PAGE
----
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fashion history

30s Gowns Then and Now

Miami-based Eveliina Vintage is known for their dreamy 30s dresses. Founder Eeva Musacchia explains how the dresses were worn back in the days and how they are worn now.
30s Gowns Then and Now

“A few years ago feminine, light, and romantic style became the fashion. Young customers discovered pastel colors and floral prints. And as 30s dresses have all those attributes, they became hugely popular and coveted.

All in all, 30s dresses were very feminine, even princess-like. Dresses often had little puff sleeves, exaggerated shoulders (even paddings), sweetheart necklines, deep open backs, and sometimes evening dresses had little trains at the back. Fabric flowers, velvet trimmings, and ruching were typical decorations. There were also a lot of bows in all shapes and forms.

The silhouette was very specific: fitted at the waist, long and slim. Bias cut was popular because it makes the body look extra slim.

Fashion illustration from McCall's Magazine 1935 · Blue Velvet Vintage
Fashion illustration from McCall's Magazine 1935 · Blue Velvet Vintage

The 30s loved beautiful colors: there were canary yellows, oranges, blues, greens. Small-scale florals and plaids were popular prints.

Fabrics were very light: silks, chiffons, satins, crepe de chines. Day dresses were made of cotton as it was easier to take care of. Especially the evening dresses were very high-maintenance: the fabrics were delicate and required hand-washing as washing machines became common first in the 50s. Also ironing the dresses required a lot of time, handwork, and skills.

Fashion illustration from McCall's Magazine 1935 · Blue Velvet Vintage
Fashion illustration from McCall's Magazine 1935 · Blue Velvet Vintage

Most 30s day dresses were still made at home; evening dresses were oftentimes made-to-order. Every 30s dress involves hours of handwork; even undergarments were richly decorated and embroidered. A lot of women did the embroidery evenings at the home when they were finished with other tasks. Vintage dresses tell about the history of women.

30s housecoat paired with a swimming suit
30s housecoat paired with a swimming suit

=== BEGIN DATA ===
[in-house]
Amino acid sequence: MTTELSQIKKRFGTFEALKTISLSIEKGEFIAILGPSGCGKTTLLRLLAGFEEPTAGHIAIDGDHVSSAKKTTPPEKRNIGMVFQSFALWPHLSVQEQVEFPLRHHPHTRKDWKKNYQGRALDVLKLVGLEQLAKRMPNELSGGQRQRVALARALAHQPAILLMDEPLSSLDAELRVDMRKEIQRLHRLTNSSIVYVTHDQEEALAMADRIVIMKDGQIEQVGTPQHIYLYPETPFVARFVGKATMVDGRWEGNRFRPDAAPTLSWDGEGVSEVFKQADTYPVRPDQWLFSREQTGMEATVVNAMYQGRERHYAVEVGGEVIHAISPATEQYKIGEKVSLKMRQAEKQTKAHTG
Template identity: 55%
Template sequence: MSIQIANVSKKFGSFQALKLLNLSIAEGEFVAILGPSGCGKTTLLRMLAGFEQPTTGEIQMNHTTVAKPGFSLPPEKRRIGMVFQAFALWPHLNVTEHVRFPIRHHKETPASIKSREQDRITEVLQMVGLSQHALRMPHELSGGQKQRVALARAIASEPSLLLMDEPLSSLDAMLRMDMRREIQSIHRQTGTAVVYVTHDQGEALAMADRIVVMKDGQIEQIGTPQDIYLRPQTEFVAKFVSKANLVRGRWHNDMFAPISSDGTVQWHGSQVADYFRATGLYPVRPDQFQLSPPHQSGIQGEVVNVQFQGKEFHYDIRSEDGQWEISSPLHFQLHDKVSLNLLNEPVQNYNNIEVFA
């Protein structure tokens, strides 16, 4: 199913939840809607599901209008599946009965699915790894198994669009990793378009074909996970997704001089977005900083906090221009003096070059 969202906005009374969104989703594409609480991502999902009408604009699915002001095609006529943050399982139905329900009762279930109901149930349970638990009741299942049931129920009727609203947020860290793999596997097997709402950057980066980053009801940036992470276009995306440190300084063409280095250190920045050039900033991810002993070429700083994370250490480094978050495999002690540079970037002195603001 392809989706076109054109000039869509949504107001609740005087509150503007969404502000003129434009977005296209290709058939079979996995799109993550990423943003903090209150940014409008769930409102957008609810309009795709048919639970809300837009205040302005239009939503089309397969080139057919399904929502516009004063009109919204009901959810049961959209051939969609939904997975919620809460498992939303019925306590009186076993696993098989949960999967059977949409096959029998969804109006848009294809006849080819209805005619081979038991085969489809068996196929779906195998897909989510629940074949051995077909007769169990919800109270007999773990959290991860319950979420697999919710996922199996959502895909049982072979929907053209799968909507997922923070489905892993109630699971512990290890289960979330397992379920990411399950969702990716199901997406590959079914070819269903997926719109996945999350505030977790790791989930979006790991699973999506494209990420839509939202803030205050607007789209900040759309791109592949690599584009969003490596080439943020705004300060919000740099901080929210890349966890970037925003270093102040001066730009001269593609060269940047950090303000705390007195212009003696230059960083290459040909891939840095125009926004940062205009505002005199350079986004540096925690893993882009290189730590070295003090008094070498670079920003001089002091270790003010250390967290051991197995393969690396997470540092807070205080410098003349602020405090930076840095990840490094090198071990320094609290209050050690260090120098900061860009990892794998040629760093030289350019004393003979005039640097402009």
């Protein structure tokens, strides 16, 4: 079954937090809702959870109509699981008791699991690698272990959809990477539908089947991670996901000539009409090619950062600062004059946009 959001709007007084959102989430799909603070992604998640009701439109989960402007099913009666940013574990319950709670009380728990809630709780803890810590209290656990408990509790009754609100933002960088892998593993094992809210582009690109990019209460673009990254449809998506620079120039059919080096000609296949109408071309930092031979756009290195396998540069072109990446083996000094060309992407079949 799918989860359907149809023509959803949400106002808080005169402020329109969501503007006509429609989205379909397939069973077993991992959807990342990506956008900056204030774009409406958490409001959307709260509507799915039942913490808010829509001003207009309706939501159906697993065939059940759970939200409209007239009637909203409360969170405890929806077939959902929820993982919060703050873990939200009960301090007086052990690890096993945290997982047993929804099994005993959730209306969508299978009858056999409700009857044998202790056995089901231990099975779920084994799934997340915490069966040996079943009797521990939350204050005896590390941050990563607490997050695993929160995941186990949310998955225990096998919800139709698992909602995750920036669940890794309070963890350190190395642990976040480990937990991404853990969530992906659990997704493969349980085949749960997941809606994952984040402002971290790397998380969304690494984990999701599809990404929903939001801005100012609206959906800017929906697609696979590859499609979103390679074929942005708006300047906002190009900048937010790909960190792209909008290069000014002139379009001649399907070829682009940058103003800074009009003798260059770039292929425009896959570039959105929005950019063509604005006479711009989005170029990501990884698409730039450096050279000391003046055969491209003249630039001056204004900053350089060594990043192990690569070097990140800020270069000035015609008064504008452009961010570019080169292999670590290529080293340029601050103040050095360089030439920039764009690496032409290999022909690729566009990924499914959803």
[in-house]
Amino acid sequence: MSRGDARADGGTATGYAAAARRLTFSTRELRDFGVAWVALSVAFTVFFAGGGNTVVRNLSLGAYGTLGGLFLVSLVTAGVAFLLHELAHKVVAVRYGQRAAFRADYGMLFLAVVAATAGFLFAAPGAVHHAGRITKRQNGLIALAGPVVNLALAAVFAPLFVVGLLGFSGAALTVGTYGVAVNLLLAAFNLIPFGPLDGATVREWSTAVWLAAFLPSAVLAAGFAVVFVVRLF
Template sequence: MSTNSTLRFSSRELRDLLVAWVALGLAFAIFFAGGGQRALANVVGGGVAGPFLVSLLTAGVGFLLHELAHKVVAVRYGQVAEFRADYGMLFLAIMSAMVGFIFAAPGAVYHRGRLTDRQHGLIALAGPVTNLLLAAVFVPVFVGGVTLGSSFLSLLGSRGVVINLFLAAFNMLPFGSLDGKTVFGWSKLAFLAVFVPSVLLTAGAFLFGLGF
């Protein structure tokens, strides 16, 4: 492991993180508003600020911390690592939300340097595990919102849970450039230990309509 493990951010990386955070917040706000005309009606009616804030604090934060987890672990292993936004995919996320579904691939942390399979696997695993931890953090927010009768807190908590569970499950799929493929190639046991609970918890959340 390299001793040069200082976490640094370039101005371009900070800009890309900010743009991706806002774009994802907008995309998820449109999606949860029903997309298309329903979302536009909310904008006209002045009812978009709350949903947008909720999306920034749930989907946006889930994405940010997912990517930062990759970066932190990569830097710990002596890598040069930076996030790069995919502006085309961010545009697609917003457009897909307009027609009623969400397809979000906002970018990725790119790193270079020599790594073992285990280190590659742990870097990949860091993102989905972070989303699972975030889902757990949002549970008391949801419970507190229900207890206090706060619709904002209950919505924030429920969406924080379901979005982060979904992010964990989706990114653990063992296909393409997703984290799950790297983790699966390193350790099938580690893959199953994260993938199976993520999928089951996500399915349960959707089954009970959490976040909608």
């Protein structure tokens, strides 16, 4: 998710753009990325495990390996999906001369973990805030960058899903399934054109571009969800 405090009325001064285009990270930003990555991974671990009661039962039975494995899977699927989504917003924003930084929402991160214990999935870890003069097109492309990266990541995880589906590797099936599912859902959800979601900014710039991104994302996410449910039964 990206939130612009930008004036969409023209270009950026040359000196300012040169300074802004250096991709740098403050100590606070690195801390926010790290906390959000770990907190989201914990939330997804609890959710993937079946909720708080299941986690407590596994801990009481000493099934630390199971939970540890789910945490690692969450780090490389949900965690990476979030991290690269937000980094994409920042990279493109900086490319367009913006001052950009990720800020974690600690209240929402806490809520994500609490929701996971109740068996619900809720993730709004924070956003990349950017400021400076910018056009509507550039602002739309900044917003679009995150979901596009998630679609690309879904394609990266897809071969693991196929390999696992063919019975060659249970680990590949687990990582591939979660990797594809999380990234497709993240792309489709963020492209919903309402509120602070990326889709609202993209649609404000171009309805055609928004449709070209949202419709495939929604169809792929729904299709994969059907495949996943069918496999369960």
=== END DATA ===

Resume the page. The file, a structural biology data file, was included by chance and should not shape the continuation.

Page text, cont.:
In the 30s, housecoats became popular: simple garments women only wore at home. Although they were not meant to be seen outside the home, they followed the trends in cut and silhouette. These dresses are so popular now. Many designers were looking for 30s house coats last season. They are an easy way to add a touch of personality to everyday wardrobe and they often have great prints, easy fit, and made of a material that is relatively low-maintenance.

30s dress worn with sneakers
30s dress worn with sneakers

In the 30s, dresses were usually worn with a separate slip or the dress itself had a lining to hide the underwear. Corsets were still used as women wanted to emphasize their waistlines.

Nowadays, these vintage dresses are often worn without a slip – underwear can show. Or a 30s undergarment is worn as a dress. Underwear has become an outer garment and you can sleep and party in the same dress!

Sometimes our customers like to wear a 30s dress backward: the deep open back is in the front. In winter, they style these dresses with sweaters and jeans.

30s slip dress worn with leather jacket and boots
30s slip dress worn with leather jacket and boots

30s dresses need to be hand-washed. They are all made of natural materials like silk and cotton which stand washing in water. The colors turn out much brighter when you wash in the water versus when dry-cleaning! If there are stains, put some detergent just on the stain, let it sit in water, and see what comes off. Always dry the dress flat on a towel and dry it outside if possible to get a fresh smell of laundry.

I try to use mild and nature-friendly detergent. Always make sure to try first a small sample for color run. In case of a color run, use dry cleaning.

30s slip dress worn with cardigan
30s slip dress worn with cardigan

In the 30s women still lived by the fashion seasons. They bought new pieces for spring, summer, fall, and winter. Women saved and wore all their clothes much longer than we do nowadays. For that reason, they took very good care of their clothes. When wanting to let go they passed their dresses to younger women in family and relatives.”

Eveliina Vintage
@eveliinavintage